The Best Financial Lessons I Learned From My Mother

The Best Financial Lessons I Learned From My Mother

Our mothers influence us and our financial habits more than we realize. Just by watching how they handle their money, we absorb lessons that we carry with us for life. In fact, studies have shown that mothers are more influential when it comes to finances than fathers.

My mother was a female financial trailblazer before that was cool. I grew up in a home that normalized women managing their own money. That culture, in turn, led me into a career in which I teach women how to be more confident in handling their finances. This Mother’s Day, I am celebrating my mother in a way that complies with stay at home orders: By reminiscing on some of the best personal finance tips she taught me. Here are some of her highlights.

Manage your own money. My mother taught by example in this case. As a woman who took control of her personal financial life, she showed me that yes, women can and should handle their own finances. There was never a question of whether or not she was able to manage funds, it was just something that she did. She shut down the notion that women aren’t good at math, because let me tell you, she certainly was great at it. Her confidence paved the way for my independent financial life and thanks to her, I knew I was capable of handling it on my own.

Be an equal partner in your finances. My parents took turns paying the bills when I was a child. (They did it in shifts of roughly six months because that was the point at which they both got cranky.) And it worked. Both of my parents always had a full understanding of their shared financial portfolio and whenever a big purchase had to be made, they would discuss it at length together. In addition to that, my mother took control of most of the paperwork and managed all of the investment accounts. My father would give input — but she did the work.

Save early and save often. When I was growing up, we had a family piggy bank. We all contributed to the family fund, and when we took a trip to Orlando, Florida, the coins in that bank are what paid for our admission to Disney World. Saving doesn’t just have to be for emergencies or retirement or even Disney World. Whatever you’re saving for, starting early and putting money away frequently are the steps it will take to get you to that end goal. Time and compound interest are on your side if your money is in stocks and bonds, and the earlier you get your hard earned dollars into that account, the more you’ll have when you’re ready to cash in. But a savings account — or family piggy bank — won’t grow without frequent contributions, so be sure to stash something away every once in a while.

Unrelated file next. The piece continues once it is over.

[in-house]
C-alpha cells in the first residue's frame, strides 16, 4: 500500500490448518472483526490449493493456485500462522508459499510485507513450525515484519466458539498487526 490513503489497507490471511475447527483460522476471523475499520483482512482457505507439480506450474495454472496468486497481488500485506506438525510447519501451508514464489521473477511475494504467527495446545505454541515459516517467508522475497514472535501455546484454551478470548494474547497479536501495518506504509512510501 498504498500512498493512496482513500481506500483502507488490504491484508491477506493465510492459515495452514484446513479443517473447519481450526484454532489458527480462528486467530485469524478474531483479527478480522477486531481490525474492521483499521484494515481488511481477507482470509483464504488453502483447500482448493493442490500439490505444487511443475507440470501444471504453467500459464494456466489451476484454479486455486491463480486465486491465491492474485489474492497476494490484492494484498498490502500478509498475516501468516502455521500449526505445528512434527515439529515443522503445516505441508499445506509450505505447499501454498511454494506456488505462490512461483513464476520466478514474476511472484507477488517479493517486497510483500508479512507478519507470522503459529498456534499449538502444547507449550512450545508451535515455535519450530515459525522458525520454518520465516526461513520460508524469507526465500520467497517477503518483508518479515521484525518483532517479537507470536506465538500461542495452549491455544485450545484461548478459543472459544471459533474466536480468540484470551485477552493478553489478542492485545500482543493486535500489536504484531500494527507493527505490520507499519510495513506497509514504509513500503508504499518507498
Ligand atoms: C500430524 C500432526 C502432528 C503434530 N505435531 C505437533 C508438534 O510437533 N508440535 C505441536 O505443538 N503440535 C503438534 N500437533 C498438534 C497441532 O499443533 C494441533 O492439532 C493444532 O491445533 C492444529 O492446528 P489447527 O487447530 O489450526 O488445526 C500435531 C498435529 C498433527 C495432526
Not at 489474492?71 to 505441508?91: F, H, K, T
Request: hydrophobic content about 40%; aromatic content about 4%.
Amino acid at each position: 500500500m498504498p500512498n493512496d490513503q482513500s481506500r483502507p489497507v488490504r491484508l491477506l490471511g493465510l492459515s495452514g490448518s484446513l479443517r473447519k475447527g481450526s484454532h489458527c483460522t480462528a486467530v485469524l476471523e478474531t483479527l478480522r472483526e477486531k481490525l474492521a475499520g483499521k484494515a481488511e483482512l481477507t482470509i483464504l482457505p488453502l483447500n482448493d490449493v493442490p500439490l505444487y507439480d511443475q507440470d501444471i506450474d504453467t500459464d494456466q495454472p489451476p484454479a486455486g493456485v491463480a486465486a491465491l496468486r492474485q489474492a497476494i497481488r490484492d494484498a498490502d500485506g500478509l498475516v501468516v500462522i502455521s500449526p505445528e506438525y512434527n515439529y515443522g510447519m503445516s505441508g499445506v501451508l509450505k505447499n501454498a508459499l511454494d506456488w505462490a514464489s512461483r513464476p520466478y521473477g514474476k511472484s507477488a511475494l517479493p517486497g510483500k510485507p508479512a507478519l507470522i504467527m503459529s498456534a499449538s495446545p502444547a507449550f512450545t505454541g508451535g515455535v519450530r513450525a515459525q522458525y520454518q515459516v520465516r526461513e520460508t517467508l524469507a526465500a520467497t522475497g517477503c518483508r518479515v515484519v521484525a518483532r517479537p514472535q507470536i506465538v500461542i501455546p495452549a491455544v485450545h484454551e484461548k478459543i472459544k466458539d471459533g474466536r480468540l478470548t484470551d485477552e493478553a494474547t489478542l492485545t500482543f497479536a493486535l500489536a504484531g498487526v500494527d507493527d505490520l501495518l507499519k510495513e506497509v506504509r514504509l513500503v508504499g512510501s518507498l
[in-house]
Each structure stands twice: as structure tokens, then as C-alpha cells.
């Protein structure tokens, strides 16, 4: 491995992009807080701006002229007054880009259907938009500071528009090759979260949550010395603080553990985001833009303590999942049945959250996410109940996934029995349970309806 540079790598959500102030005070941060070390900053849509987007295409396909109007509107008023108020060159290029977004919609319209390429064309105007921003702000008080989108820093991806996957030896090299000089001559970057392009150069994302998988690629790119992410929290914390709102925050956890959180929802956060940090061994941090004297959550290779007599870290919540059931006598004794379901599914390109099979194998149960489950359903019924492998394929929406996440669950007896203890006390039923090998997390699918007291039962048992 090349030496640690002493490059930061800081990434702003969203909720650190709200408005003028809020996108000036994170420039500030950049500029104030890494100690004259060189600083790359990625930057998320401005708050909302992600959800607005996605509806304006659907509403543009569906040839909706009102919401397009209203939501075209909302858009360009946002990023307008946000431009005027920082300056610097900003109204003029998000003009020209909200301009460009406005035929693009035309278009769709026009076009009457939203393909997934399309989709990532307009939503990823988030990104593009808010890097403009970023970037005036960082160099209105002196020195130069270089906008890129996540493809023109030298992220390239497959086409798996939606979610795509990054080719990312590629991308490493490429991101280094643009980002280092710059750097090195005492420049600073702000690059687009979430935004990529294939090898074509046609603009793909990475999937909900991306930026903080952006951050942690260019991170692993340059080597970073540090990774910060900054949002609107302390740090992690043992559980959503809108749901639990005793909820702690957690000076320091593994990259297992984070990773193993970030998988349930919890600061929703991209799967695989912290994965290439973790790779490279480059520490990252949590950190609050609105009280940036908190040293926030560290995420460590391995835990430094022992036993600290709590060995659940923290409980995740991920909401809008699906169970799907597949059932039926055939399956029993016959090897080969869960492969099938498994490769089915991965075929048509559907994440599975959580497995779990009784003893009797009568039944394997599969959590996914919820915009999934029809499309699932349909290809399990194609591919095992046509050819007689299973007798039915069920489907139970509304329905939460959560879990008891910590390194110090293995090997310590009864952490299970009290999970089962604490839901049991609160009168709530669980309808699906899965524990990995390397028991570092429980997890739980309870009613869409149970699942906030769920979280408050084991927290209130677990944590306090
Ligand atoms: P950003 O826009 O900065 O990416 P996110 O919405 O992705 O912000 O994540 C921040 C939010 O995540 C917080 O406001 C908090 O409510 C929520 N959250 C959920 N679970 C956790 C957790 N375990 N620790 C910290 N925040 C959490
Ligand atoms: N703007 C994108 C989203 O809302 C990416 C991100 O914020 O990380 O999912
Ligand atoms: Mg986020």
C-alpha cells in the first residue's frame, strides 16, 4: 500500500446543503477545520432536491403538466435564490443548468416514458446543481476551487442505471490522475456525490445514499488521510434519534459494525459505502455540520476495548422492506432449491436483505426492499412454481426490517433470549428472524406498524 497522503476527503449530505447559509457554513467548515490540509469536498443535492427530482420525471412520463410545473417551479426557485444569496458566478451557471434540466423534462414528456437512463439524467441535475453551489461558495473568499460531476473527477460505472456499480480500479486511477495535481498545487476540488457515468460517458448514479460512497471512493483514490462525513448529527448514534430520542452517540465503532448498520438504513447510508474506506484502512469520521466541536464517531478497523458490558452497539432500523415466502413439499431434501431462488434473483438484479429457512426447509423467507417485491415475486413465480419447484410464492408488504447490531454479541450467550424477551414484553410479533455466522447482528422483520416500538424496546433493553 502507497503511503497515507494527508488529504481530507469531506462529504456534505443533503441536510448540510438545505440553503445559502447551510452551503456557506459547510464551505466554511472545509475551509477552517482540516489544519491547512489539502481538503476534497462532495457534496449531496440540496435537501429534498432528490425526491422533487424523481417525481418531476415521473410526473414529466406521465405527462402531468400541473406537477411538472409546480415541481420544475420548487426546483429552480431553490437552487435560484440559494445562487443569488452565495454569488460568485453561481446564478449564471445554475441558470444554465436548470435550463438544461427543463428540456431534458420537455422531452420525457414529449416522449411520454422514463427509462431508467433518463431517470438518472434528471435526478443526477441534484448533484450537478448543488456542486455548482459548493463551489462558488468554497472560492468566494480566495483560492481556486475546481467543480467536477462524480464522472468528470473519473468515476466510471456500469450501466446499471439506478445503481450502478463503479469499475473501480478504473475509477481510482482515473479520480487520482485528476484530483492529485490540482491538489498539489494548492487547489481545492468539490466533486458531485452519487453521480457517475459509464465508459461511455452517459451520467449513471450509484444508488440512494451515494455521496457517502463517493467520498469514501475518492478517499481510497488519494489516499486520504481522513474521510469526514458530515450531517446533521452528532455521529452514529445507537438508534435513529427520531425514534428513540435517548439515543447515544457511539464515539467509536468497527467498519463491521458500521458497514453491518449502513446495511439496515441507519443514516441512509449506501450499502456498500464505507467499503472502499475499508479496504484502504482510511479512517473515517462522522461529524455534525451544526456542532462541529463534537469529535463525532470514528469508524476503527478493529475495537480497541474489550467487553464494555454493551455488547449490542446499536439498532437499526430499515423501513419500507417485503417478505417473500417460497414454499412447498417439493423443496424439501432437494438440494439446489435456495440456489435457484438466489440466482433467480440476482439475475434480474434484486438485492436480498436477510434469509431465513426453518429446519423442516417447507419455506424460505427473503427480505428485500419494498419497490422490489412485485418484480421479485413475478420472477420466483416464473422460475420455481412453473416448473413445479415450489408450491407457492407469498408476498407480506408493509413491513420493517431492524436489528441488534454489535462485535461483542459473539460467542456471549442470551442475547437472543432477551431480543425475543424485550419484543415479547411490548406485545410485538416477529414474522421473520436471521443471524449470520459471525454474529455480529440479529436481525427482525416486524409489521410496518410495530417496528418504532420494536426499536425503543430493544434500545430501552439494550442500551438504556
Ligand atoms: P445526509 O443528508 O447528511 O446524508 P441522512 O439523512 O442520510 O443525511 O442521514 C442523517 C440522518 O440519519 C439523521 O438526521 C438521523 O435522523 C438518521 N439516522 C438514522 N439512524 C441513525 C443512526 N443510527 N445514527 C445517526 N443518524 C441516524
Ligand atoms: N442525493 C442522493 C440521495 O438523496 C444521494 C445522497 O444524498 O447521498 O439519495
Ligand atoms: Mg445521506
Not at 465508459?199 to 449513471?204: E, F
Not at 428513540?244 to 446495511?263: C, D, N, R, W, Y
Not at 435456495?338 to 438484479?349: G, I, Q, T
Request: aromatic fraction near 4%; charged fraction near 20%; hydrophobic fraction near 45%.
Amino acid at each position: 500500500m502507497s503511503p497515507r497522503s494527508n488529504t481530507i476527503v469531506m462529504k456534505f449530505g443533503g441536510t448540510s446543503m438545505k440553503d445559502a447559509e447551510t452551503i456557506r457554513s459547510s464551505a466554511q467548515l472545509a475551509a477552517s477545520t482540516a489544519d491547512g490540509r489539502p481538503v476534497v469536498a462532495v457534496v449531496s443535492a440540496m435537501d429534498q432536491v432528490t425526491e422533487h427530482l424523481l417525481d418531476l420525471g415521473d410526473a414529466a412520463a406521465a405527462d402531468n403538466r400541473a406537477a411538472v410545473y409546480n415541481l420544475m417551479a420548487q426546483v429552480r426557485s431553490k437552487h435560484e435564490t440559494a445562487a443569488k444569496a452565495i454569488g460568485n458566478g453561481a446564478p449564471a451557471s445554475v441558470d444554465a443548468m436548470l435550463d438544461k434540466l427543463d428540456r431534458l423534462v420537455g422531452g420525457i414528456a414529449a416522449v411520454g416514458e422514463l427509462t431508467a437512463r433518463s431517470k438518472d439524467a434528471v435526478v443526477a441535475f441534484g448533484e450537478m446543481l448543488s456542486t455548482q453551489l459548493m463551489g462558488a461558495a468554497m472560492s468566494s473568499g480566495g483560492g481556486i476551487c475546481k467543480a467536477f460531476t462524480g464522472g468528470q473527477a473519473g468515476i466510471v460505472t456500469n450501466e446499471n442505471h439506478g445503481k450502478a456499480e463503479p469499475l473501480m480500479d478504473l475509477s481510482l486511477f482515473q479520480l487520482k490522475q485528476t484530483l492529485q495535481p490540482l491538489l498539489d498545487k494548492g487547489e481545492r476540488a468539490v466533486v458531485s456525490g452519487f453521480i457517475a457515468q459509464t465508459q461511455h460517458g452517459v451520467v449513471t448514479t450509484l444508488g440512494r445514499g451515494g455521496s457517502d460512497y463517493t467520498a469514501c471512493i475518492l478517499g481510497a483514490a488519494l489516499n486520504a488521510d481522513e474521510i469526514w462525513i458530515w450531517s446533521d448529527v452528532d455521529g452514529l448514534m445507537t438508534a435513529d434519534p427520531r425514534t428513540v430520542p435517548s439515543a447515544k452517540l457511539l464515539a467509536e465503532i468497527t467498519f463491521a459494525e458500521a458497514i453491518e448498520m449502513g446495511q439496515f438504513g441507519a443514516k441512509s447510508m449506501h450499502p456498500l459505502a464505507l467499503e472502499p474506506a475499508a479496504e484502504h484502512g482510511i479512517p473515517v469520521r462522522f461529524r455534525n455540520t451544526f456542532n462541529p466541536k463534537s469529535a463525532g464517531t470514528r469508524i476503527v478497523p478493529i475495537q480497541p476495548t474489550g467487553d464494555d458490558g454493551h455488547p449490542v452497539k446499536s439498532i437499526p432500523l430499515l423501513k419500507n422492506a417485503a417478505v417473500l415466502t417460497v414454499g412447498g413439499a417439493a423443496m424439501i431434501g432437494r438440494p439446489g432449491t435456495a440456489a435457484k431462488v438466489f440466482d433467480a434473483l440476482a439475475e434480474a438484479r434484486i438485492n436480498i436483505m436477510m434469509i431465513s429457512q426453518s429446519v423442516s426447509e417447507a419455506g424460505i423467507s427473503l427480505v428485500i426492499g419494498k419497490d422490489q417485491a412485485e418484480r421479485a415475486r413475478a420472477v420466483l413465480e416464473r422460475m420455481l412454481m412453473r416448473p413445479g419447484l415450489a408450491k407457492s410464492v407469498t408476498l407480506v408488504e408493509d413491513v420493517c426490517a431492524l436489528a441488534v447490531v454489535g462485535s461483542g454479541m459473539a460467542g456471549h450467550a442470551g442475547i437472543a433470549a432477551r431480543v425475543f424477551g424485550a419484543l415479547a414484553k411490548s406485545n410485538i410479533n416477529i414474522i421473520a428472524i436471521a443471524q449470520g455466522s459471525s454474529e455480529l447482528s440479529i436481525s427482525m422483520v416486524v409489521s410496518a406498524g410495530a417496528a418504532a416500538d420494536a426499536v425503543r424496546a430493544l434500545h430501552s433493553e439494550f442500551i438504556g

Working is a must. I got an allowance as a child, but as my mother says, money is more valuable to you if you earn it yourself. I worked jobs throughout high school to fund my extras — like trips to the movie theater or meals out with friends. I continued to work through college for the same reason. Once I graduated, I was already in the habit of working hard, which made taking on a side gig teaching SATs a no-brainer when my starting salary as a journalist wasn’t enough to make ends meet.

Always ask for better deals. My mom was the queen of negotiating for a better deal. I remember her bargaining for lower rates on hotel rooms when she was planning a trip or asking the phone rep to match the price she was getting from another car rental agency. She taught me that it never hurts to ask, and that coming up with creative solutions to save money can be effective and even fun.

There is no shame in asking questions. My mother always says she learned so much just by asking questions. Money is complicated and handling your finances is no easy task. It’s okay to not understand something, but it’s not okay to ignore your bills, your investments, or your money because you don’t understand something about them. Getting the answer and figuring out how to do something that is standing in your way will boost your confidence to handle tricky financial situations in the future. Plus, you might be able to serve as a guide for someone else in your life when they are unsure about the same thing.

With Rebecca Cohen

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